> Yes, I do understand this stuff.
so what made you say that a refcount overflow or a null function pointer dereference are not
security issues worthy of disclosure? if even you are aware of these exploitable bug classes,
then certainly we can expect kernel devs dealing with security issues to know better as well.
> But I've also fixed bugs that turned out (later!) to be security vulnerabilities.
i wasn't talking about bugs whose security impact was realized only later. in this case both
bugs are representative of well known exploitable bug classes, and at least one of them was
discussed on vendor-sec, yet no CVE or any sort of disclosure is in sight.
> Sure, "possible buffer overflow" (and other classes) is a big warning
> sign, but not a guarantee that it is exploitable.
in which case the prudent approach is to err on the side of safety and declare it as a
potentially exploitable bug, not covering it up for good.
> I much prefer kernel (and other) developers fixing bugs than running
> around finding out if bugs can be exploited.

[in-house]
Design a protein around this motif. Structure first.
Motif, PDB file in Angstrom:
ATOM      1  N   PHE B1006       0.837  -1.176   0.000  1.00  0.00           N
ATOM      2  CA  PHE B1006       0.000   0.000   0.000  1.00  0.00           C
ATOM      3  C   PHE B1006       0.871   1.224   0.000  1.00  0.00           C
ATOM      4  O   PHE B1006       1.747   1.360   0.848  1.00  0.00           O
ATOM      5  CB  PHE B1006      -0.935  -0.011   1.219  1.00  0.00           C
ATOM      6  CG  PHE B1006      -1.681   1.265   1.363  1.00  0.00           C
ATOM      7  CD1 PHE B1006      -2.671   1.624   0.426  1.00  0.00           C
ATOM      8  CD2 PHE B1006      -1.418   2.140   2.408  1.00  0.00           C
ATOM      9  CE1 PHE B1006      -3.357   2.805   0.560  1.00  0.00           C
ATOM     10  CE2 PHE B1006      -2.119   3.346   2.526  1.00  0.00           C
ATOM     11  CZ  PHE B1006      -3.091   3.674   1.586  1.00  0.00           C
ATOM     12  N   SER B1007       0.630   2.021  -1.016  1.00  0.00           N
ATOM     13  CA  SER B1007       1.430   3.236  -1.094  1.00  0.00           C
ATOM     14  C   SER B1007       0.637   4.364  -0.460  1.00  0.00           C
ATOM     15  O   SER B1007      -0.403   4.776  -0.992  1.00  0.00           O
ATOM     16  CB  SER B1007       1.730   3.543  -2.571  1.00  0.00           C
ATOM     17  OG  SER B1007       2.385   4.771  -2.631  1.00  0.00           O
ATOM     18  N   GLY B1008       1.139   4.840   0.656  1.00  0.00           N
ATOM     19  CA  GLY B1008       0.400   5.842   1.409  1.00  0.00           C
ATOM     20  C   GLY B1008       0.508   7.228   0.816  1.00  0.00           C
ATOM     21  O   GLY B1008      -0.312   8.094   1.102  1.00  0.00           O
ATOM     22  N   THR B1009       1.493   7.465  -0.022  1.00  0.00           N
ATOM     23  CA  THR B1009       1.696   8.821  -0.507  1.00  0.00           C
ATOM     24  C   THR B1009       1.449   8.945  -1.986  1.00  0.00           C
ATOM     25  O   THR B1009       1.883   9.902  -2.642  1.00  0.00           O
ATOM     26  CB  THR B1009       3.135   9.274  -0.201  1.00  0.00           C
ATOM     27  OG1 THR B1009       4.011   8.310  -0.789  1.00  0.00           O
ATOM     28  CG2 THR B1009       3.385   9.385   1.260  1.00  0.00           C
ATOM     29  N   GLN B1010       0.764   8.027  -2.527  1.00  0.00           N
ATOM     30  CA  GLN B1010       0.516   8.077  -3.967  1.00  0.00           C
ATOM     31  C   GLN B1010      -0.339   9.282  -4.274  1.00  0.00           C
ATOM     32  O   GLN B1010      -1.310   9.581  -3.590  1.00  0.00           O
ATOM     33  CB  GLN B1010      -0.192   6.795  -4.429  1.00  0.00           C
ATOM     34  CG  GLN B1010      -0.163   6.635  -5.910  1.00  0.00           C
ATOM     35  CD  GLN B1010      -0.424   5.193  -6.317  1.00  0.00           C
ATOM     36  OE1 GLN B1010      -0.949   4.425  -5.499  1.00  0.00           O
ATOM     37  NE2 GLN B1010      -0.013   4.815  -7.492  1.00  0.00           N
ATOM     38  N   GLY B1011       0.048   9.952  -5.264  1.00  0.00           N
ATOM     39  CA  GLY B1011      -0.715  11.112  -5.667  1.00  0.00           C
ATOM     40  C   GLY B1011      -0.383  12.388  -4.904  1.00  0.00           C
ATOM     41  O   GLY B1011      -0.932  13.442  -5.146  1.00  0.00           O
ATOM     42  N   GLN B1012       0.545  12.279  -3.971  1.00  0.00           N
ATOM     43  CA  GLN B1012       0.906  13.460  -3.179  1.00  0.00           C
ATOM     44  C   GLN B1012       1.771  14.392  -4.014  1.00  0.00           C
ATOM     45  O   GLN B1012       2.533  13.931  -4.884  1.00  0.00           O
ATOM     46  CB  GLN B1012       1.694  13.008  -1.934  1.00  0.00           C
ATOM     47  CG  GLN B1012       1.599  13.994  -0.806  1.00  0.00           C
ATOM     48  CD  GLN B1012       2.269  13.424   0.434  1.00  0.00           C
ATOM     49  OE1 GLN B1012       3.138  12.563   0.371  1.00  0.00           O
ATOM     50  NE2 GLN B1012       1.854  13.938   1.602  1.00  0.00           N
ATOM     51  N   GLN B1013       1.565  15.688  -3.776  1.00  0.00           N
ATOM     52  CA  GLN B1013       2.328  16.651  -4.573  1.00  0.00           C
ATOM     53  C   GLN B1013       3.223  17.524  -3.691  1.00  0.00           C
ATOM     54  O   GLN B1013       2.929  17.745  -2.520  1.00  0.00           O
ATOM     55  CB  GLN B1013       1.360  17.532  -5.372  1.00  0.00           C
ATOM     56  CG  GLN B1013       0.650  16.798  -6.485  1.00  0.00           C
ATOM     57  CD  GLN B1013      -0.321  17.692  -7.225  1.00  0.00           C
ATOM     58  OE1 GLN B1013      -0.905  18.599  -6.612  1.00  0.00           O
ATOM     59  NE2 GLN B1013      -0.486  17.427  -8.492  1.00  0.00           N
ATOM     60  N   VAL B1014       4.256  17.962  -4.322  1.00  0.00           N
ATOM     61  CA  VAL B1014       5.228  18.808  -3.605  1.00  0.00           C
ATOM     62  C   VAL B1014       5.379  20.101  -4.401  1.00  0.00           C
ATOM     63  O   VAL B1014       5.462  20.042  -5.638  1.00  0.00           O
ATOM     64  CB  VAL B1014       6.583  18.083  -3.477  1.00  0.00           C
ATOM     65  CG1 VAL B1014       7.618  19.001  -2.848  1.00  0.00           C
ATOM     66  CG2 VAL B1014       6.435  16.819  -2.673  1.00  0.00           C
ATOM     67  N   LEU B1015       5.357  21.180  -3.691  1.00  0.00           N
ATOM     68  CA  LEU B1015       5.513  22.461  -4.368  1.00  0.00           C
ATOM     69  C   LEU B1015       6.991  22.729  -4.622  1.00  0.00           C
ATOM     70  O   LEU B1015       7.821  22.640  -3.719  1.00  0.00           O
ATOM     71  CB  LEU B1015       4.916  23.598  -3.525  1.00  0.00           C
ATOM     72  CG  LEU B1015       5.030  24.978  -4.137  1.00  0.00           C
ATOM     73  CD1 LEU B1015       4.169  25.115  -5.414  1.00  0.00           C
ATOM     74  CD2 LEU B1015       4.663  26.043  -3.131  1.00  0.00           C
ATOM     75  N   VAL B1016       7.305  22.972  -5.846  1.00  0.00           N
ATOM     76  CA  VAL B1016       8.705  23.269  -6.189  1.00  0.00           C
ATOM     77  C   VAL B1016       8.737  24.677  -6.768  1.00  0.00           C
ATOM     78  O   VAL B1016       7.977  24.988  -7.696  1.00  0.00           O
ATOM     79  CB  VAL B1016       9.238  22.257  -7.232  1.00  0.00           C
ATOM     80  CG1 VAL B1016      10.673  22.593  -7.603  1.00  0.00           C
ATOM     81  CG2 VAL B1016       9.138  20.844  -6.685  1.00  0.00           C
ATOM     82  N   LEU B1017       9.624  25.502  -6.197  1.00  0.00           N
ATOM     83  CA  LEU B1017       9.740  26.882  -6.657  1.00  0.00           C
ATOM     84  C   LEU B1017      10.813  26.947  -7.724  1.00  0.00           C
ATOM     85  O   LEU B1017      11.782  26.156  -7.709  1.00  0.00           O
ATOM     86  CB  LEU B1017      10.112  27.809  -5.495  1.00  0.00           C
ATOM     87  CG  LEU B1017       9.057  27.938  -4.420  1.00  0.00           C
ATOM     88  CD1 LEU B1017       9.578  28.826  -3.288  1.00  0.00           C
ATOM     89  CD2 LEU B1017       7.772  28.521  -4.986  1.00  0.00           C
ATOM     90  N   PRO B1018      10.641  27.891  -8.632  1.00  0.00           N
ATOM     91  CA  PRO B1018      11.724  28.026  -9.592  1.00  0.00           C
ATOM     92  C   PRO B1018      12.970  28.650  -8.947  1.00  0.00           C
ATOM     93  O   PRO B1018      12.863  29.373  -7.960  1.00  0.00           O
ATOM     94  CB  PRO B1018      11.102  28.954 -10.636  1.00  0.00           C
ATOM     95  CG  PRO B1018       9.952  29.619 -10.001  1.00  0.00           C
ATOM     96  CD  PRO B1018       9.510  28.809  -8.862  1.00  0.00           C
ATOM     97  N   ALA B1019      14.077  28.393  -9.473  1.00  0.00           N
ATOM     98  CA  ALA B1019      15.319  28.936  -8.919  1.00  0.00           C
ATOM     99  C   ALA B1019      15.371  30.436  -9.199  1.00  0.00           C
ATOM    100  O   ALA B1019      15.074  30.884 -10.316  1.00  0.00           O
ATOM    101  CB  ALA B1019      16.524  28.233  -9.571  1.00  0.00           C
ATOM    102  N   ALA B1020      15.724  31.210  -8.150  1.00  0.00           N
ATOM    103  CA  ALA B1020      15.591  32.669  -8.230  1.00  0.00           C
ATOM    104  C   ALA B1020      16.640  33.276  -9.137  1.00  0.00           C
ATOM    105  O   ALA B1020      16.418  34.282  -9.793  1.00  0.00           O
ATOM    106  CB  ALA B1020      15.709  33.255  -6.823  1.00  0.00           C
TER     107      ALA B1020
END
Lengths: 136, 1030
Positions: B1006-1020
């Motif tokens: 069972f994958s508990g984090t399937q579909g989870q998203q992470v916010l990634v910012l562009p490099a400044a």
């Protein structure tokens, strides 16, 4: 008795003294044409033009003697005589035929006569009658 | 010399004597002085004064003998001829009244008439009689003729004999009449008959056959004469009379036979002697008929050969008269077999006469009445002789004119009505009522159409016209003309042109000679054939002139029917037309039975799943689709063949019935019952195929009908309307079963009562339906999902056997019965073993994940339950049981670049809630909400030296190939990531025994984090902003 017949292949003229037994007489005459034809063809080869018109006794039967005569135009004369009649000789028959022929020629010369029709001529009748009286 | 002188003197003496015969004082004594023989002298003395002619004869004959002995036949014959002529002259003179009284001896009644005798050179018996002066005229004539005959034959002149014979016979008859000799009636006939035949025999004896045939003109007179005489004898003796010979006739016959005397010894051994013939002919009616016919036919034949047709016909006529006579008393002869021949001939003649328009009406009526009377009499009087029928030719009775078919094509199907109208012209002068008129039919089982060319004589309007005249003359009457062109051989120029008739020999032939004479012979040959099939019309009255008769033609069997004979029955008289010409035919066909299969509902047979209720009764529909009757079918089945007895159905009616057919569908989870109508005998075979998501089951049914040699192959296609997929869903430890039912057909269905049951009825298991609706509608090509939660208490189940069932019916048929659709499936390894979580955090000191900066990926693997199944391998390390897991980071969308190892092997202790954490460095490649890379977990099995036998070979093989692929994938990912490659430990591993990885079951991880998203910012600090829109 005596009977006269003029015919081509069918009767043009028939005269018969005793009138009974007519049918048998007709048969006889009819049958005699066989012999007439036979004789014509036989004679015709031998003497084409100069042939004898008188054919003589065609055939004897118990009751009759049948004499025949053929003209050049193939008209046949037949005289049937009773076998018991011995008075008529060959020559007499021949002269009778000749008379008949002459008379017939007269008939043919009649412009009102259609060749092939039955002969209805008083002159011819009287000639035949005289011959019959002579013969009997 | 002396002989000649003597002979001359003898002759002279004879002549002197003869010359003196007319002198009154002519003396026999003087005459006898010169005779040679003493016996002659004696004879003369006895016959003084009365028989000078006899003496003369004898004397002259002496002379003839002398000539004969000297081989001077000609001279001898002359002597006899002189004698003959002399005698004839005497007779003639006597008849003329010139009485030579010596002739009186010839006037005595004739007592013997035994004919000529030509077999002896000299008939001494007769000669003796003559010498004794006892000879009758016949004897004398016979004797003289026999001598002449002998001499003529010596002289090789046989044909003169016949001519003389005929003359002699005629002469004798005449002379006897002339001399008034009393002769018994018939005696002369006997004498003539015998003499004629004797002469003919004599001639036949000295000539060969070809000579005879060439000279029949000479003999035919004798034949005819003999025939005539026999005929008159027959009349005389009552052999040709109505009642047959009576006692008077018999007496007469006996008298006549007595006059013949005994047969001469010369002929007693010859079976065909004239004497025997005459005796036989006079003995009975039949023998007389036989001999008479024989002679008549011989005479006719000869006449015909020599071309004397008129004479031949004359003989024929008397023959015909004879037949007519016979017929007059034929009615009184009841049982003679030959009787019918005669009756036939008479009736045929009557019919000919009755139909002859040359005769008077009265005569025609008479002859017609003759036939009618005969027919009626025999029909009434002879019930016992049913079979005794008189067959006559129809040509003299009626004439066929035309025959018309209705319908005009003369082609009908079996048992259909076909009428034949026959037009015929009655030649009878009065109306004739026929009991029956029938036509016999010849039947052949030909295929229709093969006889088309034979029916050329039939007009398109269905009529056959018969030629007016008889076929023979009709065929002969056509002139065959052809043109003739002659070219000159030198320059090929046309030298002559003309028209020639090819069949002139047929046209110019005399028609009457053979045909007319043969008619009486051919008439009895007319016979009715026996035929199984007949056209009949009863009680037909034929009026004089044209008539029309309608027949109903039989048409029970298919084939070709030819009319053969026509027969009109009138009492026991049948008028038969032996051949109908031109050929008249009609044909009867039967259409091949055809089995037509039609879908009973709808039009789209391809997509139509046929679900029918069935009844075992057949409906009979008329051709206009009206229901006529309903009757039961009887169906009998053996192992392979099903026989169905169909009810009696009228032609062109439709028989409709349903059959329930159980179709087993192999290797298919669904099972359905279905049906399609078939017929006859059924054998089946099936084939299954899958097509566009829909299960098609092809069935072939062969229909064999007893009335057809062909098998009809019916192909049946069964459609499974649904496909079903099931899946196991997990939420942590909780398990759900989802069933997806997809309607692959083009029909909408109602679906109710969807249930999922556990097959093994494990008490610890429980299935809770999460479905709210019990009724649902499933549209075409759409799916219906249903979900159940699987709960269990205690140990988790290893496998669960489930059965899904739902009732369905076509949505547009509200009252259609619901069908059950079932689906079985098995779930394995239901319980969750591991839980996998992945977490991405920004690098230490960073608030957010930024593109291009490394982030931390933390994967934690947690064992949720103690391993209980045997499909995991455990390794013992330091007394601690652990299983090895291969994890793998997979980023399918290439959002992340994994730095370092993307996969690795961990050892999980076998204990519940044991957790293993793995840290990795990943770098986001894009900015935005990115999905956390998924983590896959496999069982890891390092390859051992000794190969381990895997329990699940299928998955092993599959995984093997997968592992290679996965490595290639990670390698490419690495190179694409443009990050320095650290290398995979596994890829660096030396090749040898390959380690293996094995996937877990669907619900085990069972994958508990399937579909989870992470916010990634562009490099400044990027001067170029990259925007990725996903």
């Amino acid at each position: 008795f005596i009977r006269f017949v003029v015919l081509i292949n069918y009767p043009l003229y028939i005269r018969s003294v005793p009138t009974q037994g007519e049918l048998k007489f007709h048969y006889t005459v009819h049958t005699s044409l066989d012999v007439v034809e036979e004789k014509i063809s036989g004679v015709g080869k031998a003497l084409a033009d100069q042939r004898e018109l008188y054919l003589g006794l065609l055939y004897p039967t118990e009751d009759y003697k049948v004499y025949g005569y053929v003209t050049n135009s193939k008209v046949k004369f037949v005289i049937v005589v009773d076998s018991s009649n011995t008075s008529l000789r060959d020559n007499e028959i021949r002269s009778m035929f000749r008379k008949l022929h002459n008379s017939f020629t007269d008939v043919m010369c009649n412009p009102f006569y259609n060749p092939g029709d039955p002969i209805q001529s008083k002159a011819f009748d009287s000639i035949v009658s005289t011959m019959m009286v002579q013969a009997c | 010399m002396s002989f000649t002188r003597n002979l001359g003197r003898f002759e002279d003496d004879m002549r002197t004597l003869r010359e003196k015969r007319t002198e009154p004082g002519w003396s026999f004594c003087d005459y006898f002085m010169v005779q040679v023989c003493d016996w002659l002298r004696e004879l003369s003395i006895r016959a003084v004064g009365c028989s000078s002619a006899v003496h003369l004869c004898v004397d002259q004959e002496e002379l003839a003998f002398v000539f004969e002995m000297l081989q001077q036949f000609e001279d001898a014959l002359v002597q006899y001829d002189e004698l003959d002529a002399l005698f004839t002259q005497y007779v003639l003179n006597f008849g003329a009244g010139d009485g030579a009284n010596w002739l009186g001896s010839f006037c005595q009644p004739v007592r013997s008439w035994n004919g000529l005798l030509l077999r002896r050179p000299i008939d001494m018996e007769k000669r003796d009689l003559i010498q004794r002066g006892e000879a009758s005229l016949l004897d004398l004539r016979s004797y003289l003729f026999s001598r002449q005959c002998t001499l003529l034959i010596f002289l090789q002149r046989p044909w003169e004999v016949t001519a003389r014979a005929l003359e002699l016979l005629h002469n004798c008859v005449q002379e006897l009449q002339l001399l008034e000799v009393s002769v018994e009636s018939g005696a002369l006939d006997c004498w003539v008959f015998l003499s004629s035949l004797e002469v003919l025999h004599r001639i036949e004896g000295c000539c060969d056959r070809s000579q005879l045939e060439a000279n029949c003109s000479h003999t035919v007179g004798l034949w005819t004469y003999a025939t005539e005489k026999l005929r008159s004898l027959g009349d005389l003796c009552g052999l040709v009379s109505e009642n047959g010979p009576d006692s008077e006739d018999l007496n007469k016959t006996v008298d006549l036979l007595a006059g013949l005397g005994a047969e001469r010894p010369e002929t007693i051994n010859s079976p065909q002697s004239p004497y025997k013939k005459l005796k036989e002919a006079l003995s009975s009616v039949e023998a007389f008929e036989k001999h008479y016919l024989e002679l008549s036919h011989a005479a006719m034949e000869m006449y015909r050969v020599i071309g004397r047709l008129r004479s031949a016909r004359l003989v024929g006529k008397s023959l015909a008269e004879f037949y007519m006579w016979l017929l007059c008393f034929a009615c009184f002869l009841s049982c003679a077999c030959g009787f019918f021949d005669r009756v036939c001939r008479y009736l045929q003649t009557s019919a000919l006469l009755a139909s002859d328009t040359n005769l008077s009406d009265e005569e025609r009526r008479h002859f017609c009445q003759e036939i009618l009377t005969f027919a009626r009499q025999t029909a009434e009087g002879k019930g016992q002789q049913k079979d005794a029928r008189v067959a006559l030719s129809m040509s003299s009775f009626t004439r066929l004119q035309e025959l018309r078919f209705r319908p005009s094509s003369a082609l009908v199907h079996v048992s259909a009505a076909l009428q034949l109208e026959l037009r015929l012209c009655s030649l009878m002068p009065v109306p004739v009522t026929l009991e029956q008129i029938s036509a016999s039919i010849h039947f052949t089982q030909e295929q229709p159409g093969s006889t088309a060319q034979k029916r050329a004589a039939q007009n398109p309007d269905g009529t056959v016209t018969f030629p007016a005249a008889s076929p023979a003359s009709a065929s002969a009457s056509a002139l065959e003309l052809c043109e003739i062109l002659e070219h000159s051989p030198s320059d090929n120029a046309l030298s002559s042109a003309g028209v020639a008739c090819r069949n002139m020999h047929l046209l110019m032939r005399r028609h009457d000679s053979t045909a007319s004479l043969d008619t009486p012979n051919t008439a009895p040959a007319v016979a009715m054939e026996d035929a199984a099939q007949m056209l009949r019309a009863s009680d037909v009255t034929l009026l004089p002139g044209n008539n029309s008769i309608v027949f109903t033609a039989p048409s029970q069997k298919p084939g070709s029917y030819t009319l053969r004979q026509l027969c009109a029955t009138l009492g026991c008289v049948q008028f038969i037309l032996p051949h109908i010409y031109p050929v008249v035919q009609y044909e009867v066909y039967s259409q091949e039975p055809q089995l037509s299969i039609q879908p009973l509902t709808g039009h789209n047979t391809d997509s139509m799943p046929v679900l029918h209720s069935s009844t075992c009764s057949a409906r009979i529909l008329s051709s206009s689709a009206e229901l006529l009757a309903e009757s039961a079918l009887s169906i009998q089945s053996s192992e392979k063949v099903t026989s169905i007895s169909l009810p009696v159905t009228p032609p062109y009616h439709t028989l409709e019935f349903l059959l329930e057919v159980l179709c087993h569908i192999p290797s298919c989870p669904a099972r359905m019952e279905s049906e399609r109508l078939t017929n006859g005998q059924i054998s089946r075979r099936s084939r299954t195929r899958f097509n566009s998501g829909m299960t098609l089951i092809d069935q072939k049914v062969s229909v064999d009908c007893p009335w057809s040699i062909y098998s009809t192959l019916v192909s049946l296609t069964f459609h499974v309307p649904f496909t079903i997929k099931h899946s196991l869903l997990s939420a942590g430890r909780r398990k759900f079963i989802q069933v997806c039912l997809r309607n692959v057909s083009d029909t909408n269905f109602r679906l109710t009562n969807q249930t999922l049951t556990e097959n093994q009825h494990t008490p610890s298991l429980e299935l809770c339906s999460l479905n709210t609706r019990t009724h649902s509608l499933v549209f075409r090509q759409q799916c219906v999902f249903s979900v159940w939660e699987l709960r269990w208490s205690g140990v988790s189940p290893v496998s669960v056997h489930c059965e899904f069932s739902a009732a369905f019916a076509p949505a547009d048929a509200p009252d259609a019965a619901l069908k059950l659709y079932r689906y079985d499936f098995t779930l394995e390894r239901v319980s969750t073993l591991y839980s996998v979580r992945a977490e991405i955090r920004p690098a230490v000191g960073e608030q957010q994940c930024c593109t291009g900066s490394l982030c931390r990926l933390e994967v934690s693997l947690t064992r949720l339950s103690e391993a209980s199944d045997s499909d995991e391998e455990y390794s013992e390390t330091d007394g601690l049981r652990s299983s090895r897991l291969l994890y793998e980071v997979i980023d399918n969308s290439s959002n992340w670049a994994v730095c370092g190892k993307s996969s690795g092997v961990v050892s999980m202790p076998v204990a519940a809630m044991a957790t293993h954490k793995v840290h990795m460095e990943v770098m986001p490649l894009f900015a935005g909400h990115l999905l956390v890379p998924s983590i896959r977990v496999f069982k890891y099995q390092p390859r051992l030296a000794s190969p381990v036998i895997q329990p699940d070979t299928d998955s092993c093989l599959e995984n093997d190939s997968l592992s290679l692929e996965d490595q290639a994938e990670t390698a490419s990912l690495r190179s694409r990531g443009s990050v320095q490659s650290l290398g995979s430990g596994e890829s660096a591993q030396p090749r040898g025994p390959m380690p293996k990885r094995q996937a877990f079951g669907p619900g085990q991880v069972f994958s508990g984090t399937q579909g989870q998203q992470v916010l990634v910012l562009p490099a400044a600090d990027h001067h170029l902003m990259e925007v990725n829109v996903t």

you're welcome to read the previous threads as this has been discussed already: noone expects
kernel devs to do this kind of evaluation. what people do expect from them is following
Documentation/SecurityBugs and disclose security impact information when they're aware of it.
besides, they're well aware of severaly exploitable bug classes, they don't have to find out
anything to mention that detail in the commit.
> And a bug that can't be exploited today might become exploitable in the
> future due to changes elsewhere.
are you suggesting that kernel devs leave bugs unfixed in the hope they become actually
exploitable in the future? else the above doesn't make any sense, if a bug is known and fixed,
how can it become exploitable in the future?
> Finding out if a bug is exploitable is a different skill than development.
agreed and it's not the subject of this discussion.